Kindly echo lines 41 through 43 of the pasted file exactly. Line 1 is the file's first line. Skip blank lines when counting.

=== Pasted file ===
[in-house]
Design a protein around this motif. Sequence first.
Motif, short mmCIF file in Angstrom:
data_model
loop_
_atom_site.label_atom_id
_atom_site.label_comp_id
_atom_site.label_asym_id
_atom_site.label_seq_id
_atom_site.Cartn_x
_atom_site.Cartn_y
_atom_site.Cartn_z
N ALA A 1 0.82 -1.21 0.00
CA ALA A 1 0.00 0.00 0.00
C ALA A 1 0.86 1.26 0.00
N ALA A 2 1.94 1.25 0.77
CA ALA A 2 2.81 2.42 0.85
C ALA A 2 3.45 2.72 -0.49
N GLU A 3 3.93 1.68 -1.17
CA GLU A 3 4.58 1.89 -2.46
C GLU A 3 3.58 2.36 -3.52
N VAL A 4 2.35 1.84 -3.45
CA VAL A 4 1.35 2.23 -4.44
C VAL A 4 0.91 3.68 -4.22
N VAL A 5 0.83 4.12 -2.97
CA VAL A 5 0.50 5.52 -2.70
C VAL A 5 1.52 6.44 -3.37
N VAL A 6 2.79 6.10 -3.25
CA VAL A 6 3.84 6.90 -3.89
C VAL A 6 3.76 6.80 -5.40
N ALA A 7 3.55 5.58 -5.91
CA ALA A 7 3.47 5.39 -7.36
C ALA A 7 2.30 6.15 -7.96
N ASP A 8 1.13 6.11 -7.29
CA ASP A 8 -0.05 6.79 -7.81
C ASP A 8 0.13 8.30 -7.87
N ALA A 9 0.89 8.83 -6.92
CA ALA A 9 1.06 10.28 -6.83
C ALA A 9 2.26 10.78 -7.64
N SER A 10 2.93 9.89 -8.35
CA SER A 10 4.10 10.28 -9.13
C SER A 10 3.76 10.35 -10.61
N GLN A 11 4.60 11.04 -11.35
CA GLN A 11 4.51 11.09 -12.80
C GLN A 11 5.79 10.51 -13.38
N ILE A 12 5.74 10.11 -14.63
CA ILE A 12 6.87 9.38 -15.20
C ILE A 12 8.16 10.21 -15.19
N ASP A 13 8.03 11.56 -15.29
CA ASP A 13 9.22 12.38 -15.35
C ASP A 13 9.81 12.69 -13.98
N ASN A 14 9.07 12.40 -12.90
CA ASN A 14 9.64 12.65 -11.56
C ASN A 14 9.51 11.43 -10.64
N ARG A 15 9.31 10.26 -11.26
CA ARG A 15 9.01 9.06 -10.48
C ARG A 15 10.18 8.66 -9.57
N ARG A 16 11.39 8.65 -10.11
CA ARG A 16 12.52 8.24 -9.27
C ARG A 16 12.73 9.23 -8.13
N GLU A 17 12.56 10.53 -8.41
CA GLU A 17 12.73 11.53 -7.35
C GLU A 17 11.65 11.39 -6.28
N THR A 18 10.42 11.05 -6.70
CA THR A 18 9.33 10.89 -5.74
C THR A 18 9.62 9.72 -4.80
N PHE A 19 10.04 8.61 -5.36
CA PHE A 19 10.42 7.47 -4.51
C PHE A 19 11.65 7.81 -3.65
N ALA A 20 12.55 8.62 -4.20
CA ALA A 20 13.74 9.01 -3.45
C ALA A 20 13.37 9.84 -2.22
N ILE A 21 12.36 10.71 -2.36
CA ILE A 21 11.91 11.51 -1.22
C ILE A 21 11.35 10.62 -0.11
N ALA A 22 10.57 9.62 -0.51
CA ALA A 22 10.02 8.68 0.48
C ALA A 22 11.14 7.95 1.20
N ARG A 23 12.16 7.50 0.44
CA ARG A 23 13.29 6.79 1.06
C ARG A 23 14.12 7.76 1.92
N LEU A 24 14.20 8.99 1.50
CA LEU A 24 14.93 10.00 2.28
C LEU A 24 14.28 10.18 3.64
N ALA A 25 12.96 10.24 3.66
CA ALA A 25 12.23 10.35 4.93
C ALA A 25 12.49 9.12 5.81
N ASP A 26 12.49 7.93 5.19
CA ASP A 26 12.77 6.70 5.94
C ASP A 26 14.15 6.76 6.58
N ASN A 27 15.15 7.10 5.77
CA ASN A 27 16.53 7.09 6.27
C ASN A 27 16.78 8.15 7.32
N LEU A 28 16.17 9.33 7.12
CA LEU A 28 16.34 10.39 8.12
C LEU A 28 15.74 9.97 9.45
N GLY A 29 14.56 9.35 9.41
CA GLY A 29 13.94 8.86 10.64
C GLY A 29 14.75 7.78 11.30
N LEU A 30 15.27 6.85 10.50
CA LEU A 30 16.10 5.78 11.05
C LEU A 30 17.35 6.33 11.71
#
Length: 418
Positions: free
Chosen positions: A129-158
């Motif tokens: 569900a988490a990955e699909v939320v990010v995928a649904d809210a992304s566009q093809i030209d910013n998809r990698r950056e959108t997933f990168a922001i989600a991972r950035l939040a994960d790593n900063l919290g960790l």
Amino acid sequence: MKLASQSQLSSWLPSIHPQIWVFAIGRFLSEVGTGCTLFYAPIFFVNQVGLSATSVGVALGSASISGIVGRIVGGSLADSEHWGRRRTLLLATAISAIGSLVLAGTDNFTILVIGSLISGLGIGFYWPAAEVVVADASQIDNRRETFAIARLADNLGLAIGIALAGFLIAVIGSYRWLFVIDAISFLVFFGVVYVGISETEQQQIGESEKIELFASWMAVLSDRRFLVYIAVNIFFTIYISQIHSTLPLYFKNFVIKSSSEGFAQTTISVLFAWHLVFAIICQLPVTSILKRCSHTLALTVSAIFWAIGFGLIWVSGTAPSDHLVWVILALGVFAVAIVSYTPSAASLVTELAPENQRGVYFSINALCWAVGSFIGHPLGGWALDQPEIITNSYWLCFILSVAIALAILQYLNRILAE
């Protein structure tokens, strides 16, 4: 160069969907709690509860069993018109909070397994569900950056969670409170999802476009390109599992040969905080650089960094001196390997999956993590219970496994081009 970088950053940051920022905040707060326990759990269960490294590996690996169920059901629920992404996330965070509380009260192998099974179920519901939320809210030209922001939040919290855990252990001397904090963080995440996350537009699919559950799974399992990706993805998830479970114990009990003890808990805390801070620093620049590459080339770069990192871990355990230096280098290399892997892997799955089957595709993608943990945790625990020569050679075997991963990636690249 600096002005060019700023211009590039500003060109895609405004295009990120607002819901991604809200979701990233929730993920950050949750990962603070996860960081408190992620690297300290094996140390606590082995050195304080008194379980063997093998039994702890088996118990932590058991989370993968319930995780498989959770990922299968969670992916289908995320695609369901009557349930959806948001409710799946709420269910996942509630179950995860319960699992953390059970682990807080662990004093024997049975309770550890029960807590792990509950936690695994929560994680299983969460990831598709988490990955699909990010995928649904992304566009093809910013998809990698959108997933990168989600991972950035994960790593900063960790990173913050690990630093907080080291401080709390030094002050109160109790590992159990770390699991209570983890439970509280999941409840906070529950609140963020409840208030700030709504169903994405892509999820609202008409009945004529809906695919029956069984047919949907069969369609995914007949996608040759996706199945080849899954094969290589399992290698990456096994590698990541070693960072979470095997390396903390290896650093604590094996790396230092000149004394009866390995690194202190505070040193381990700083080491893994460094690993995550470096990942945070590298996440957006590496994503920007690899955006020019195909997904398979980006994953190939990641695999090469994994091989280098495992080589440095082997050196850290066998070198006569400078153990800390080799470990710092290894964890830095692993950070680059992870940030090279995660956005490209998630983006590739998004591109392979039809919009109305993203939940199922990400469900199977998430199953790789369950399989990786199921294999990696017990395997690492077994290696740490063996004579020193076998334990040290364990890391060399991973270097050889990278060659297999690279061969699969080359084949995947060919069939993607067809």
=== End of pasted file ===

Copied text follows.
CA SER A 10 4.10 10.28 -9.13
C SER A 10 3.76 10.35 -10.61
N GLN A 11 4.60 11.04 -11.35